How Do Doctors Diagnose and Treat Allergies?

If your family doctor suspects you might have an allergy, he or she might refer you to an allergist, a person who specializes in allergy treatment, for further testing. The allergy specialist will ask you questions both about your own allergy symptoms (such as how often they occur and when) and about whether any family members have allergies. The allergist will also perform tests to confirm an allergy — these will depend on the type of allergy a person has and may include a skin test or blood test. The most complete way to avoid allergic reactions is to stay away from the substances that cause them (called avoidance). Doctors can also treat some allergies using medications and shots. Avoidance:

In some cases, like food allergies, avoiding the allergen is a life-saving necessity. That's because, unlike allergies to airborne particles that can be treated with shots or medications, the only way to treat food allergies is to avoid the allergen entirely. For example, people who are allergic to peanuts should avoid not only peanuts, but also any food that might contain even tiny traces of them. Avoidance can help protect people against non-food or chemical allergens, too. In fact, for some people, eliminating exposure to an allergen is enough to prevent allergy symptoms and they don't need to take medicines or go through other allergy treatments. Here are some things that can help you avoid airborne allergens: • Keep family pets out of certain rooms, like your bedroom, and
bathe them if necessary.
• Remove carpets or rugs from your room (hard floor surfaces don't
collect dust as much as carpets do).
• Don't hang heavy drapes, and get rid of other items that allow dust
to accumulate.
• Clean frequently (if your allergy is severe, you may be able to get
someone else to do your dirty work!)
• Use special covers to seal pillows and mattresses if you're allergic
to dust mites.
• If you're allergic to pollen, keep windows closed when pollen season
is at its peak, change your clothing after being outdoors — and don't
mow lawns.
• Avoid damp areas, such as basements, if you're allergic to mold,
and keep bathrooms and other mold-prone areas clean and dry. Medications: Medications such as pills or nasal sprays are often used to treat allergies. Although medications can control the allergy symptoms (such as sneezing, headaches, or a stuffy nose), they are not a cure and can't make the tendency to have allergic reactions go away. Many effective medications are available to treat common allergies, and your doctor can help you to identify those that work for you. Another type of medication that some severely allergic people will need to have on hand is a shot of epinephrine (pronounced: eh-puh-neh-frin), a fast-acting medicine that can help offset an anaphylactic reaction. This medicine comes in an easy-to-carry container that looks like a pen. Epinephrine is available by prescription only. If you have a severe allergy and your doctor thinks you should carry it, he or she will give you instructions on how to use it.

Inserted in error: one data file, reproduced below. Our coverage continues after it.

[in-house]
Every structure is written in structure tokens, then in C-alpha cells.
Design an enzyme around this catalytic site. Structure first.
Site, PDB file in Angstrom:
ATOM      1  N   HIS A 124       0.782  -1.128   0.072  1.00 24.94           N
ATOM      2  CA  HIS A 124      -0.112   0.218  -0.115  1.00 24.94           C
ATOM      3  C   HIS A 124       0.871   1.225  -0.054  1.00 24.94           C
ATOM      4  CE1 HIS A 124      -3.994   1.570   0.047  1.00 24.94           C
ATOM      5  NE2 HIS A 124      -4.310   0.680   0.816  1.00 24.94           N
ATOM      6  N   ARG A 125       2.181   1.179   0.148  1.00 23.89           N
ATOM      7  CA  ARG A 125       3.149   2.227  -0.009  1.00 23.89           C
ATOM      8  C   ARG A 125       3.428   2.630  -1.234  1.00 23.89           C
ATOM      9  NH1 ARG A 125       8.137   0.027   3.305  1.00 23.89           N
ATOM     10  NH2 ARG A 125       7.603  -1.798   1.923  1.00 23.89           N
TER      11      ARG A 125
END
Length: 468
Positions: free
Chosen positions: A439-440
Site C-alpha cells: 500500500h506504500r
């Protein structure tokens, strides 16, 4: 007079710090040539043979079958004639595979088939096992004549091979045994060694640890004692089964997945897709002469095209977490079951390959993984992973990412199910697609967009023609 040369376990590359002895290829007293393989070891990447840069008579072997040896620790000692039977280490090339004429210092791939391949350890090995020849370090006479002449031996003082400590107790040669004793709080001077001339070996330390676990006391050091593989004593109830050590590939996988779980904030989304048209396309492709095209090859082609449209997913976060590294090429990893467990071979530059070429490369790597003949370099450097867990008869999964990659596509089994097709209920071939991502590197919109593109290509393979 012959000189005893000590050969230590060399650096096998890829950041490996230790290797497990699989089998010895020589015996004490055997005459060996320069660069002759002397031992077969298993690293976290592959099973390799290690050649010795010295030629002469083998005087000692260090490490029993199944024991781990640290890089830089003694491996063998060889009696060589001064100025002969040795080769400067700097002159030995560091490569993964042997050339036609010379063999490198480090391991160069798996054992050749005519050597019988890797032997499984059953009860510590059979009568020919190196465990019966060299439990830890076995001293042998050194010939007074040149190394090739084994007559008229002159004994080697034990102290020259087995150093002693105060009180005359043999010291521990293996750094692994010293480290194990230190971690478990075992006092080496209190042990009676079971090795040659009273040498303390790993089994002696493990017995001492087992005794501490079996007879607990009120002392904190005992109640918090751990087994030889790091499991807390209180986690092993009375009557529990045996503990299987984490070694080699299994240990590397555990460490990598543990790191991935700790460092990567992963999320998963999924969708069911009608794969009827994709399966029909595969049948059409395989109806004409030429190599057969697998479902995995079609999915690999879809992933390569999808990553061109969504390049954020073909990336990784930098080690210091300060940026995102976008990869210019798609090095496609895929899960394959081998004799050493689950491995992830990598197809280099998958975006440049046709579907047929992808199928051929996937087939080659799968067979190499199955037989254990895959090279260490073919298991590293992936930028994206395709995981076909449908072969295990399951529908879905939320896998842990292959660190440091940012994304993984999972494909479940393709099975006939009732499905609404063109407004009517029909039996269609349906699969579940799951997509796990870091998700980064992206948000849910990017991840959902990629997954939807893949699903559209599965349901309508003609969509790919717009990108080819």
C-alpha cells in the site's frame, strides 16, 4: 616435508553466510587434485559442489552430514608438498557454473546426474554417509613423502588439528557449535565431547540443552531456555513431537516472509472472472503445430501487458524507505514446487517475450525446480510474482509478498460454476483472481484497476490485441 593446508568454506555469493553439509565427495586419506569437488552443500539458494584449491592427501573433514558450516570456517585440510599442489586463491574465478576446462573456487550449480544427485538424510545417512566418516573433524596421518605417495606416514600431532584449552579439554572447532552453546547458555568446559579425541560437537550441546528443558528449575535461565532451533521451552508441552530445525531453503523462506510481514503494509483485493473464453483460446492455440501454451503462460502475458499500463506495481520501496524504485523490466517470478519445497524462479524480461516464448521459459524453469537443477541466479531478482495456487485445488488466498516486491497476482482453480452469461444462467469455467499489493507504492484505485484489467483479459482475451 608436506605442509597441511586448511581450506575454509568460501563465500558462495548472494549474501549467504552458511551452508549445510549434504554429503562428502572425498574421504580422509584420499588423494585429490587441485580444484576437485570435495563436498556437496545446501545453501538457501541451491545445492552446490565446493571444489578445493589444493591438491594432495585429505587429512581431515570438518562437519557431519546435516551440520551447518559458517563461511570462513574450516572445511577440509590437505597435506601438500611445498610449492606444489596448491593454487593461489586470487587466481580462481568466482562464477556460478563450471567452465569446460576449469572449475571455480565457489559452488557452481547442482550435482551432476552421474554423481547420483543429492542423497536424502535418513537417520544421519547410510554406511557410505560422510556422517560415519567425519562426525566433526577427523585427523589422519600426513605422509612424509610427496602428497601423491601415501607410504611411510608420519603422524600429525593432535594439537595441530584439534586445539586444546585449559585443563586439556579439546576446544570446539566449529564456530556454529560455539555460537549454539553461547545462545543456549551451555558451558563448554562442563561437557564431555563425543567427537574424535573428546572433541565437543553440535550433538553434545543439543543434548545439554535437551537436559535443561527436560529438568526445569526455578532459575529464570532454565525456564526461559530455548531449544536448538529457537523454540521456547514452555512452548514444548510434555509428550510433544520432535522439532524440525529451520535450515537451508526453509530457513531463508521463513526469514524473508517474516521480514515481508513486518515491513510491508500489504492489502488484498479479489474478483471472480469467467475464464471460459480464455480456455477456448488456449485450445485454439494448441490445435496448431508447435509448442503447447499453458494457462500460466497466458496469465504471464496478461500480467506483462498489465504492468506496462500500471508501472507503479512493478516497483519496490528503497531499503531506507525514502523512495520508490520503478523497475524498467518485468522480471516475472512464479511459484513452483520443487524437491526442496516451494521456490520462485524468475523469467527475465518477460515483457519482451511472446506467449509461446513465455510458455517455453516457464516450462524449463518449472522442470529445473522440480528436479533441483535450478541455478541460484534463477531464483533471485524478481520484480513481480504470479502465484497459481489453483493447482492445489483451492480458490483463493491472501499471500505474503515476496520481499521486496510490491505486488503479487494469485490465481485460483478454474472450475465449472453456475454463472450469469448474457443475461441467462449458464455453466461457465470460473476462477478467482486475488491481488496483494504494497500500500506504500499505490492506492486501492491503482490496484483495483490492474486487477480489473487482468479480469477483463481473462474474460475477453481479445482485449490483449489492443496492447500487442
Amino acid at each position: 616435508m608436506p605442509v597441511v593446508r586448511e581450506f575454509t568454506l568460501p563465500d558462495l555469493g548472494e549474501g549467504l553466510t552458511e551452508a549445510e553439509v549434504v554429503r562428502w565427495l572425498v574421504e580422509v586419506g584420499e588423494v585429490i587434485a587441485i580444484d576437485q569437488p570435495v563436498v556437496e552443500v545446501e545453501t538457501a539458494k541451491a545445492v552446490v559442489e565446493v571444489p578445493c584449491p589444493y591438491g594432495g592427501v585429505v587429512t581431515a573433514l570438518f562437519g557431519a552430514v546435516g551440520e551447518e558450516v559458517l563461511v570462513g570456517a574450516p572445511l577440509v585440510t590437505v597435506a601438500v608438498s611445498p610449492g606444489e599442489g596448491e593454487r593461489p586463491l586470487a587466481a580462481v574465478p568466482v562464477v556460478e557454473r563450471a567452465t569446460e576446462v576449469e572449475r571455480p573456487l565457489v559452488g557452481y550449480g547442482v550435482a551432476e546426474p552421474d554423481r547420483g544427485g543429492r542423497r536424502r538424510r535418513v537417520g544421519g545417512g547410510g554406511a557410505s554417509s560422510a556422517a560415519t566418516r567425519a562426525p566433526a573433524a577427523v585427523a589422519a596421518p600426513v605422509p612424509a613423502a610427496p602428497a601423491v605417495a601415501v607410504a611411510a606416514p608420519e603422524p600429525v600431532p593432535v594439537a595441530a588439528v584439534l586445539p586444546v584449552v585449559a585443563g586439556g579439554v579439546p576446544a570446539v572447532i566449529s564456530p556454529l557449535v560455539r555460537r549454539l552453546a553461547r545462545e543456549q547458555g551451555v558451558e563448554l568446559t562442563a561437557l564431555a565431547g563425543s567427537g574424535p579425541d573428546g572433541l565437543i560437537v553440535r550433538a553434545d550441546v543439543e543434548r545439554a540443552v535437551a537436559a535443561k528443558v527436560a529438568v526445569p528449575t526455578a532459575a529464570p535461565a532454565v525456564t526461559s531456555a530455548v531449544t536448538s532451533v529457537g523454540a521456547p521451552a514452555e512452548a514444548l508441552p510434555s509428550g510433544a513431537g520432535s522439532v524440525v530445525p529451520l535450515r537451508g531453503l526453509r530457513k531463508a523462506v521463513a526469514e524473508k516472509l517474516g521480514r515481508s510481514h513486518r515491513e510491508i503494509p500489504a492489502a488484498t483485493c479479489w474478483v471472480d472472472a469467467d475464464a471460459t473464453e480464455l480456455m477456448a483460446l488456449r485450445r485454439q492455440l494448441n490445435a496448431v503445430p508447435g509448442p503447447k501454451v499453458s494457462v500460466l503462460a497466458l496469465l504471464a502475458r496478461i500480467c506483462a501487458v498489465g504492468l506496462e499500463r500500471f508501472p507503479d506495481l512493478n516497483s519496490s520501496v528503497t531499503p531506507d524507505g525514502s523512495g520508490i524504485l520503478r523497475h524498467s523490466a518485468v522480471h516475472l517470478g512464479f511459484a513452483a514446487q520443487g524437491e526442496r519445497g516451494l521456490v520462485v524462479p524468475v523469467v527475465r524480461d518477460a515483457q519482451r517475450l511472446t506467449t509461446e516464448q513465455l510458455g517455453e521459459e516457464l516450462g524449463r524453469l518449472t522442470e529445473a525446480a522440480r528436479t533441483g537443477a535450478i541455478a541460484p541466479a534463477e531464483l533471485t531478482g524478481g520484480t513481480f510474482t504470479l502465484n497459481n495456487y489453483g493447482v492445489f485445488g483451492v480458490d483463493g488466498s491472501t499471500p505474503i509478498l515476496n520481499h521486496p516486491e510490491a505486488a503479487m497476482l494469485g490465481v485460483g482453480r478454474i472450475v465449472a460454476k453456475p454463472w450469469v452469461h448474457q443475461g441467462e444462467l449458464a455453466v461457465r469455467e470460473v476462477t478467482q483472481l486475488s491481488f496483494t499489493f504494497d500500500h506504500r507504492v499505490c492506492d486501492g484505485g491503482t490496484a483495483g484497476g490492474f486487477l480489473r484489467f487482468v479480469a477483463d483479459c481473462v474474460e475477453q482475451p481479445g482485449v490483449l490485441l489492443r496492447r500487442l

Shots: Allergy shots are also referred to as allergen immunotherapy. By receiving injections of small amounts of an allergen, your body can gradually develop antibodies and undergo other immune system changes. These changes help block the reaction caused by the substance to which you're allergic. Immunotherapy is only recommended for specific allergies, such as allergies to things you might breathe in (like pollen or pet dander) or insect allergies. Although a lot of people find the thought of allergy shots unsettling, shots can be highly effective — and it doesn't take long to get used to them. In many cases, the longer a person receives allergy shots, the more they help the body build up antibodies that fight the allergies. Although the shots don't cure allergies, they do tend to raise a person's tolerance when exposed to the allergen, which means fewer or less severe symptoms. If you're severely allergic to bites and stings, talk to a doctor about getting venom immunotherapy (shots) from an allergist.